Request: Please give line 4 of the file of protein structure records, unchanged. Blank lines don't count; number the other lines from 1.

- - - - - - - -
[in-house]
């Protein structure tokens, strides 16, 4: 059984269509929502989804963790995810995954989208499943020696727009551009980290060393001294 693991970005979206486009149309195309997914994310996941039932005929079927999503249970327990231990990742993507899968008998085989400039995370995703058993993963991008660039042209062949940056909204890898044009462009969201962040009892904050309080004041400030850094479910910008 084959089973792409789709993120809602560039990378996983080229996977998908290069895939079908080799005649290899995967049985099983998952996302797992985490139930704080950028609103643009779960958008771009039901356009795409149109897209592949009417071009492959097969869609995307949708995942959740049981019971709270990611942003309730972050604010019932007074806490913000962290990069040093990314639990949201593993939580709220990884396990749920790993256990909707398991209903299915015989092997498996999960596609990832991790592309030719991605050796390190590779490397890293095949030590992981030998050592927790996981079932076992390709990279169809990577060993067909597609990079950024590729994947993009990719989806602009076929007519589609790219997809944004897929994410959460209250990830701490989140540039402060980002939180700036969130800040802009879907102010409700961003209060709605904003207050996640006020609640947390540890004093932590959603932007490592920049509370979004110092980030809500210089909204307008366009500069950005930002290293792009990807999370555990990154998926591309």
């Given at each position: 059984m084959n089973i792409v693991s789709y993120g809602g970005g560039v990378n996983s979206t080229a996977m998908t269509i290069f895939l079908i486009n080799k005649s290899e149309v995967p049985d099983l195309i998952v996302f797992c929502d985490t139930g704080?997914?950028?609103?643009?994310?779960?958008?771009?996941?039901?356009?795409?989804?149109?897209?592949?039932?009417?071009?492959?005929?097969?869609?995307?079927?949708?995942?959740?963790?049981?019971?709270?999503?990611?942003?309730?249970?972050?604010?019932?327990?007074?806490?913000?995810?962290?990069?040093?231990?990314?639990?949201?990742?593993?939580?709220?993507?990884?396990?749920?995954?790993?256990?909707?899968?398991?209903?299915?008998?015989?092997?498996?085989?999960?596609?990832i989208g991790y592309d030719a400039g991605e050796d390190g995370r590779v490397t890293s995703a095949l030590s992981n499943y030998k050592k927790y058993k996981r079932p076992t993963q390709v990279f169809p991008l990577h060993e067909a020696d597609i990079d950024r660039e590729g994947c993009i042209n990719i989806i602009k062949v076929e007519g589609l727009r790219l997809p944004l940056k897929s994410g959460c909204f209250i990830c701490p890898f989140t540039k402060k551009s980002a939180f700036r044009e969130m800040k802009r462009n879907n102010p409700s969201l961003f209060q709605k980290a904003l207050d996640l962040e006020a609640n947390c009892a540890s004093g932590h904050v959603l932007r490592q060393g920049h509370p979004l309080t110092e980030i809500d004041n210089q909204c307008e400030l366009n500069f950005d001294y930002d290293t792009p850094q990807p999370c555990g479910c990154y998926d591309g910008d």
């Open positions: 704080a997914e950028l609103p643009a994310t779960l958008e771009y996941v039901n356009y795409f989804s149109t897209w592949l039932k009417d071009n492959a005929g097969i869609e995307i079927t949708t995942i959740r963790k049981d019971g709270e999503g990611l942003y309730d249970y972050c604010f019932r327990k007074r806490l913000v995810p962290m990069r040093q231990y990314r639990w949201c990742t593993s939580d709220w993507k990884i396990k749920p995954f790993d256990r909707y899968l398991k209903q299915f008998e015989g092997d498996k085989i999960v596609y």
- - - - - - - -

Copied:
């Open positions: 704080a997914e950028l609103p643009a994310t779960l958008e771009y996941v039901n356009y795409f989804s149109t897209w592949l039932k009417d071009n492959a005929g097969i869609e995307i079927t949708t995942i959740r963790k049981d019971g709270e999503g990611l942003y309730d249970y972050c604010f019932r327990k007074r806490l913000v995810p962290m990069r040093q231990y990314r639990w949201c990742t593993s939580d709220w993507k990884i396990k749920p995954f790993d256990r909707y899968l398991k209903q299915f008998e015989g092997d498996k085989i999960v596609y």